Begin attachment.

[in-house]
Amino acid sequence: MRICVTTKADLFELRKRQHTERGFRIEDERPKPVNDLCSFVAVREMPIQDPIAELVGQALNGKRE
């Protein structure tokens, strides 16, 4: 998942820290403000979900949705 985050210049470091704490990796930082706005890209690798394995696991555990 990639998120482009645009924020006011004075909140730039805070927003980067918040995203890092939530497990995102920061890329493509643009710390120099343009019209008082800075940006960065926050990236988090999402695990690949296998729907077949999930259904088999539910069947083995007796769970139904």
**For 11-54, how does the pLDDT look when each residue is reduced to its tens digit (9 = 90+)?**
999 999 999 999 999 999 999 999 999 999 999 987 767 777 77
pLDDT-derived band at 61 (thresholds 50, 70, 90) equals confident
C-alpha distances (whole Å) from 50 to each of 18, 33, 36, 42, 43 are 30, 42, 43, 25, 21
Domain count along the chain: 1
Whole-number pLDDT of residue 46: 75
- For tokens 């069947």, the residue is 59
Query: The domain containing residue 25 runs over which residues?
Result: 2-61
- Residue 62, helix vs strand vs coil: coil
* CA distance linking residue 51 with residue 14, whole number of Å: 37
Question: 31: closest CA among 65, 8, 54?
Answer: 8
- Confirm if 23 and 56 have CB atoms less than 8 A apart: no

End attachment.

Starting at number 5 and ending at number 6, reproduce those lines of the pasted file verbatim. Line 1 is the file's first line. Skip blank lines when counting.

999 999 999 999 999 999 999 999 999 999 999 987 767 777 77
pLDDT-derived band at 61 (thresholds 50, 70, 90) equals confident